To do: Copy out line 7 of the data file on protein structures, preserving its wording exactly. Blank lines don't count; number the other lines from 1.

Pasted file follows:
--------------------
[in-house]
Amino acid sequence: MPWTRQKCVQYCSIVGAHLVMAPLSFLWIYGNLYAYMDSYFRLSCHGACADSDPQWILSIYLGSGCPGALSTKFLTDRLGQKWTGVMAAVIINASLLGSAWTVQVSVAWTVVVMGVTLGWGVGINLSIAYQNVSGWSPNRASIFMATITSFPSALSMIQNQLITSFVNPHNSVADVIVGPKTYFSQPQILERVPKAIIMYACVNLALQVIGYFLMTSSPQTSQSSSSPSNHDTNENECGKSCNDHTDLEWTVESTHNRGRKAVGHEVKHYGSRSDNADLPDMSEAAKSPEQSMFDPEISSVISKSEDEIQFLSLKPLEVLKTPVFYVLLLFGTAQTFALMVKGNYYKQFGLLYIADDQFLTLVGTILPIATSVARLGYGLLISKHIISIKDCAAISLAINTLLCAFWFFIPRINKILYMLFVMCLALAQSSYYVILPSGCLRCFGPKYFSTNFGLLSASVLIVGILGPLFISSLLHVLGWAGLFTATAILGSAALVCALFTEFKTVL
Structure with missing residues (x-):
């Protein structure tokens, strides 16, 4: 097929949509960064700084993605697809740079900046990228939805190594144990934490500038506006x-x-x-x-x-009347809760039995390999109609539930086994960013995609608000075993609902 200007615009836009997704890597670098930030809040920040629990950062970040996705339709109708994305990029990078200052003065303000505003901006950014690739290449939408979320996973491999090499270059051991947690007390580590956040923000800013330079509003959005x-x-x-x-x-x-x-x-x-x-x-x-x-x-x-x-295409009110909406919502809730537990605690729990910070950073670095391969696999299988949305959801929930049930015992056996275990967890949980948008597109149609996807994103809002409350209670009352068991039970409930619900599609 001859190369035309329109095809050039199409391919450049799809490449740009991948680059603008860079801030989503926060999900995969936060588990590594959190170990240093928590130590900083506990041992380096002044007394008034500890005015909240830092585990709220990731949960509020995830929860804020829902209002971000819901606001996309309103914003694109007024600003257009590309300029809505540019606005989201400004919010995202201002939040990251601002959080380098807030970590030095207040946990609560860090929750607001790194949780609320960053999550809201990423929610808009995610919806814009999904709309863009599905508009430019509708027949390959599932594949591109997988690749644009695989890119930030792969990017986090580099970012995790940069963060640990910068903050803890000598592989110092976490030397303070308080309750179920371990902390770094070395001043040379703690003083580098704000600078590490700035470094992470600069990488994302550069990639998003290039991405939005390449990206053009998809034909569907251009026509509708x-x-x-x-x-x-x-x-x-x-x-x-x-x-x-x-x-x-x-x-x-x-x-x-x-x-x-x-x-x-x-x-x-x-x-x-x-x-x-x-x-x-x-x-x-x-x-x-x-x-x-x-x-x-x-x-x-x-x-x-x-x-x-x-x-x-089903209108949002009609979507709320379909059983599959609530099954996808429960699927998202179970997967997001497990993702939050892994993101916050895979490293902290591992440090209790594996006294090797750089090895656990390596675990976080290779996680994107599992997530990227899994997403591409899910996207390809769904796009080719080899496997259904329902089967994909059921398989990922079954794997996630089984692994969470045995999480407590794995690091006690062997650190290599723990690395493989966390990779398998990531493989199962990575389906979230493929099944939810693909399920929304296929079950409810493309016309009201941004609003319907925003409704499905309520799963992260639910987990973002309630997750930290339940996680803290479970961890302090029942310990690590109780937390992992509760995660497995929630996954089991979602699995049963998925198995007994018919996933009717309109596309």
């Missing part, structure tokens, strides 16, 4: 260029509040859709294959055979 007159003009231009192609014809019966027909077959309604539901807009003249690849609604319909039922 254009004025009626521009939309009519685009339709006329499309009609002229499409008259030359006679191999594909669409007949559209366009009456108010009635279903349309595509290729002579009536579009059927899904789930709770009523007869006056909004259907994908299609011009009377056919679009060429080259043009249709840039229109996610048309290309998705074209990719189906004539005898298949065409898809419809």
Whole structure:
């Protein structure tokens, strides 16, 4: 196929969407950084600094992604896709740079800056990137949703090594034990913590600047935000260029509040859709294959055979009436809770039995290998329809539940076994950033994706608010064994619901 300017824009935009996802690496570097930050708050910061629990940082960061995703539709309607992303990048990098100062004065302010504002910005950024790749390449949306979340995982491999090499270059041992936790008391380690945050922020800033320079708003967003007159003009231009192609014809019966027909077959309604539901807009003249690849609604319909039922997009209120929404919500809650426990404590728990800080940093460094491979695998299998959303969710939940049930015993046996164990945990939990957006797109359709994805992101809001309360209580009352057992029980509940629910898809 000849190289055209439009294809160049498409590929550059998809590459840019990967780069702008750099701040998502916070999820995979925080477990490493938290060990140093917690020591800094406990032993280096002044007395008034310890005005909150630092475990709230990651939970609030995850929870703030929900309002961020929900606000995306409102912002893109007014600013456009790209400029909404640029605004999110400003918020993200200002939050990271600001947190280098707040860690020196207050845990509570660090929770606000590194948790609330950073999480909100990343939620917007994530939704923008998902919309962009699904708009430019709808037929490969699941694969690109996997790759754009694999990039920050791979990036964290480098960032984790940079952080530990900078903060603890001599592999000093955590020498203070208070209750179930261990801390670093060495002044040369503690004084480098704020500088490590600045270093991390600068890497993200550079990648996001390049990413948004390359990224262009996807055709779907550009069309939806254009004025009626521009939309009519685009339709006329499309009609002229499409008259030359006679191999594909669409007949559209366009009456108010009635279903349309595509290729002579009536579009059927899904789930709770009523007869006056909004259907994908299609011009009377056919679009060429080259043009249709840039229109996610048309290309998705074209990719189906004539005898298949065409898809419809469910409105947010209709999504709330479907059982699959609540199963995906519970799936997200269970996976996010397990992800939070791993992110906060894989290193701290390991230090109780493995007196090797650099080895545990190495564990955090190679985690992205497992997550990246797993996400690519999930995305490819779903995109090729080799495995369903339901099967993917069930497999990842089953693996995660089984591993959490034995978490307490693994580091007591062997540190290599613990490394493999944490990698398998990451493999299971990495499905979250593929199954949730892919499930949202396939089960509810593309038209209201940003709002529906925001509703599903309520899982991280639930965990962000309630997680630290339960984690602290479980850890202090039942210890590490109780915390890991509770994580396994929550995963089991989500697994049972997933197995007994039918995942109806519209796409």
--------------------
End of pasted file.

């Protein structure tokens, strides 16, 4: 196929969407950084600094992604896709740079800056990137949703090594034990913590600047935000260029509040859709294959055979009436809770039995290998329809539940076994950033994706608010064994619901 300017824009935009996802690496570097930050708050910061629990940082960061995703539709309607992303990048990098100062004065302010504002910005950024790749390449949306979340995982491999090499270059041992936790008391380690945050922020800033320079708003967003007159003009231009192609014809019966027909077959309604539901807009003249690849609604319909039922997009209120929404919500809650426990404590728990800080940093460094491979695998299998959303969710939940049930015993046996164990945990939990957006797109359709994805992101809001309360209580009352057992029980509940629910898809 000849190289055209439009294809160049498409590929550059998809590459840019990967780069702008750099701040998502916070999820995979925080477990490493938290060990140093917690020591800094406990032993280096002044007395008034310890005005909150630092475990709230990651939970609030995850929870703030929900309002961020929900606000995306409102912002893109007014600013456009790209400029909404640029605004999110400003918020993200200002939050990271600001947190280098707040860690020196207050845990509570660090929770606000590194948790609330950073999480909100990343939620917007994530939704923008998902919309962009699904708009430019709808037929490969699941694969690109996997790759754009694999990039920050791979990036964290480098960032984790940079952080530990900078903060603890001599592999000093955590020498203070208070209750179930261990801390670093060495002044040369503690004084480098704020500088490590600045270093991390600068890497993200550079990648996001390049990413948004390359990224262009996807055709779907550009069309939806254009004025009626521009939309009519685009339709006329499309009609002229499409008259030359006679191999594909669409007949559209366009009456108010009635279903349309595509290729002579009536579009059927899904789930709770009523007869006056909004259907994908299609011009009377056919679009060429080259043009249709840039229109996610048309290309998705074209990719189906004539005898298949065409898809419809469910409105947010209709999504709330479907059982699959609540199963995906519970799936997200269970996976996010397990992800939070791993992110906060894989290193701290390991230090109780493995007196090797650099080895545990190495564990955090190679985690992205497992997550990246797993996400690519999930995305490819779903995109090729080799495995369903339901099967993917069930497999990842089953693996995660089984591993959490034995978490307490693994580091007591062997540190290599613990490394493999944490990698398998990451493999299971990495499905979250593929199954949730892919499930949202396939089960509810593309038209209201940003709002529906925001509703599903309520899982991280639930965990962000309630997680630290339960984690602290479980850890202090039942210890590490109780915390890991509770994580396994929550995963089991989500697994049972997933197995007994039918995942109806519209796409």